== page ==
Leisure centre closures threaten the drive to boost the nation’s health

By Michael Burton | 10 June 2020
  • Michael Burton

One of the key lessons from the coronavirus pandemic is the importance of good health in mitigating its impact. Repeated studies have shown how obesity, lack of exercise and poor health have been factors in inhibiting recovery. The closure of gyms and leisure centres during the lockdown has therefore not exactly helped keep an overweight nation in tiptop condition. The worry now is that many of these already under-resourced centres may never reopen and a key public health role for local government, which is responsible for most of them, will be lost.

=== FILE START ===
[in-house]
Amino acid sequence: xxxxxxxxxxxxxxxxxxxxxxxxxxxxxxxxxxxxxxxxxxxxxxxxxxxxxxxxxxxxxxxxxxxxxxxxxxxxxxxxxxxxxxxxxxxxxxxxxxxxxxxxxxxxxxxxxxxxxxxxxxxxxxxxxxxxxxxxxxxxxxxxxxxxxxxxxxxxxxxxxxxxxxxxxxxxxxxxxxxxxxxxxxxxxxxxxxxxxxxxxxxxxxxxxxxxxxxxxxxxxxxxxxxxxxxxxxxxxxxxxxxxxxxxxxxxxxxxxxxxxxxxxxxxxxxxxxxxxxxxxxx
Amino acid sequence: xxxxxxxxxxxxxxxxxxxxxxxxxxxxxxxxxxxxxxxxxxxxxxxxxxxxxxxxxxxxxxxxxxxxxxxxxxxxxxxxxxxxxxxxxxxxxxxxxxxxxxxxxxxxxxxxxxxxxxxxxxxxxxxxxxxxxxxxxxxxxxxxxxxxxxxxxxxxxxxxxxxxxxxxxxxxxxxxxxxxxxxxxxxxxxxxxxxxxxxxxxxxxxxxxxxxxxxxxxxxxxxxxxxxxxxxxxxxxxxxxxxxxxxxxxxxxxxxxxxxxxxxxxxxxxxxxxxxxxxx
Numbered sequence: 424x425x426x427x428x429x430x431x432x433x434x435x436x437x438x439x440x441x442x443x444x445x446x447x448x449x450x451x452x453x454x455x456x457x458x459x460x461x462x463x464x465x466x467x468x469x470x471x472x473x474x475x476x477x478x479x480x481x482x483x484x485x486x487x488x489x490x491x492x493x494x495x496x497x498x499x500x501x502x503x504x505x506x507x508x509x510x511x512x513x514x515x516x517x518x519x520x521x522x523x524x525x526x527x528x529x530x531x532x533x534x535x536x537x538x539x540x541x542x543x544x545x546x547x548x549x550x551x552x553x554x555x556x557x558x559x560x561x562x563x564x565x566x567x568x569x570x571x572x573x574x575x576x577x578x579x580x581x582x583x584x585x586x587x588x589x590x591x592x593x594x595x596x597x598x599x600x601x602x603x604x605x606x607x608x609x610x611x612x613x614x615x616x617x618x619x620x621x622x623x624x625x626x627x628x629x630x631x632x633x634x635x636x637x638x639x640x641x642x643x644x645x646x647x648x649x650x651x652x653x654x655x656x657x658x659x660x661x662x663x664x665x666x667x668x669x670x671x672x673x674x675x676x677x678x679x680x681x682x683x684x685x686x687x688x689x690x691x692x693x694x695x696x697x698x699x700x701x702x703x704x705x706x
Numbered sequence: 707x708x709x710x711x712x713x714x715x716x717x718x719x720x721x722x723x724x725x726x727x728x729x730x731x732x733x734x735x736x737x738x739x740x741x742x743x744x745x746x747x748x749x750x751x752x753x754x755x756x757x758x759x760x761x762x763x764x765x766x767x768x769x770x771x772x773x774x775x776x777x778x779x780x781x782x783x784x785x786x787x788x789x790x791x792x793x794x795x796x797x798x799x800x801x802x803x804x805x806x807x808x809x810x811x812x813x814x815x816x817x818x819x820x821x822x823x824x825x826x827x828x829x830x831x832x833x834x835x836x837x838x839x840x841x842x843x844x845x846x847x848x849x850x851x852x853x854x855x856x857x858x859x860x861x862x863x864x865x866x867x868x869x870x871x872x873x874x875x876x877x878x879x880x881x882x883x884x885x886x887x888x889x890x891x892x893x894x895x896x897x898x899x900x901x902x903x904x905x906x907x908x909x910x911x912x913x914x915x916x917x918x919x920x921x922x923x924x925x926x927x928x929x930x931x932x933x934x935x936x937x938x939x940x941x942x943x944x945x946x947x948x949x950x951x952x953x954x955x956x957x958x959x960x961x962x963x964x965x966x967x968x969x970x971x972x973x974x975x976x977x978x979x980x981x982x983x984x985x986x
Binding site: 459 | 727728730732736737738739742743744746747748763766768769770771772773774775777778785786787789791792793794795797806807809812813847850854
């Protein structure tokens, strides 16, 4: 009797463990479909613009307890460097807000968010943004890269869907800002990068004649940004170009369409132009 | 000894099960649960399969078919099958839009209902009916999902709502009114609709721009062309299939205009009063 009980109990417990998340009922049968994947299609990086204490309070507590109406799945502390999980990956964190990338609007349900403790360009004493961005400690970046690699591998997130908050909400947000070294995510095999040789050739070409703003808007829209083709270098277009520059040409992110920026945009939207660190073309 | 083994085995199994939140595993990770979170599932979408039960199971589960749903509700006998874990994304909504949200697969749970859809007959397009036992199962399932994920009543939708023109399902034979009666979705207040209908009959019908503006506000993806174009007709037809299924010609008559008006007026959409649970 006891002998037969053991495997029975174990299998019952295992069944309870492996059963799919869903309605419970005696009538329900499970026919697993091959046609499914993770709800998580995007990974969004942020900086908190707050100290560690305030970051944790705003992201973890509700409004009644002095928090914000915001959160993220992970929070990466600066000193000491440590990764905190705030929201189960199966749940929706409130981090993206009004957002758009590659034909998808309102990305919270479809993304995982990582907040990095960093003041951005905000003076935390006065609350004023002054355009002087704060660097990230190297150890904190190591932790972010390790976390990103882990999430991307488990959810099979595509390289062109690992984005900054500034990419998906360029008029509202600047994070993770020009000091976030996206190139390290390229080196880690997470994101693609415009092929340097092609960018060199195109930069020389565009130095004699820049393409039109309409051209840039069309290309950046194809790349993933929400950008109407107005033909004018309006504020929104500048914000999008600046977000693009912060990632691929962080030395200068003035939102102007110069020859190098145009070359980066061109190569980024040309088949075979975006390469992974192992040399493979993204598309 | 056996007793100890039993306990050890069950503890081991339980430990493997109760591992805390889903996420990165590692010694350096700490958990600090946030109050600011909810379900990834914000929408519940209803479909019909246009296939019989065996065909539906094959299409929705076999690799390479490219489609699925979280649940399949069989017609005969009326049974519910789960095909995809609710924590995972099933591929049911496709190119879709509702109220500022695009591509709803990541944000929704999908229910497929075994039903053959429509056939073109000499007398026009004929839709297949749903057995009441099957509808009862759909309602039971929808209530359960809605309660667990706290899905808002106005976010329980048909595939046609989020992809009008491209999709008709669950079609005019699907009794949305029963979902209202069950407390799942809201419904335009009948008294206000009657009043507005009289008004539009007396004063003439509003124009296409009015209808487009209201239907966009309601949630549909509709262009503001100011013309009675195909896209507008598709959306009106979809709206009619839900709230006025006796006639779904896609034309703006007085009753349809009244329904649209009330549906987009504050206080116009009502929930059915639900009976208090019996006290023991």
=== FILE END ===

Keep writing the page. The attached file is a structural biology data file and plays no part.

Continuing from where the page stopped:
Back in January the Local Government Association and Sport England warned that two thirds of leisure centres were outdated and needed investment with 63% of sports halls and swimming pools over a decade old. Forlornly they asked for a £500m refurbishment pot in the March Budget. Six months on and the crisis has got much worse. The closure of these centres during the lockdown and consequent collapse in revenue has left providers nursing big losses while the likelihood that social distancing will make many centres permanently financially unviable potentially leaves a big hole in health prevention just at the time when its importance has never been greater.

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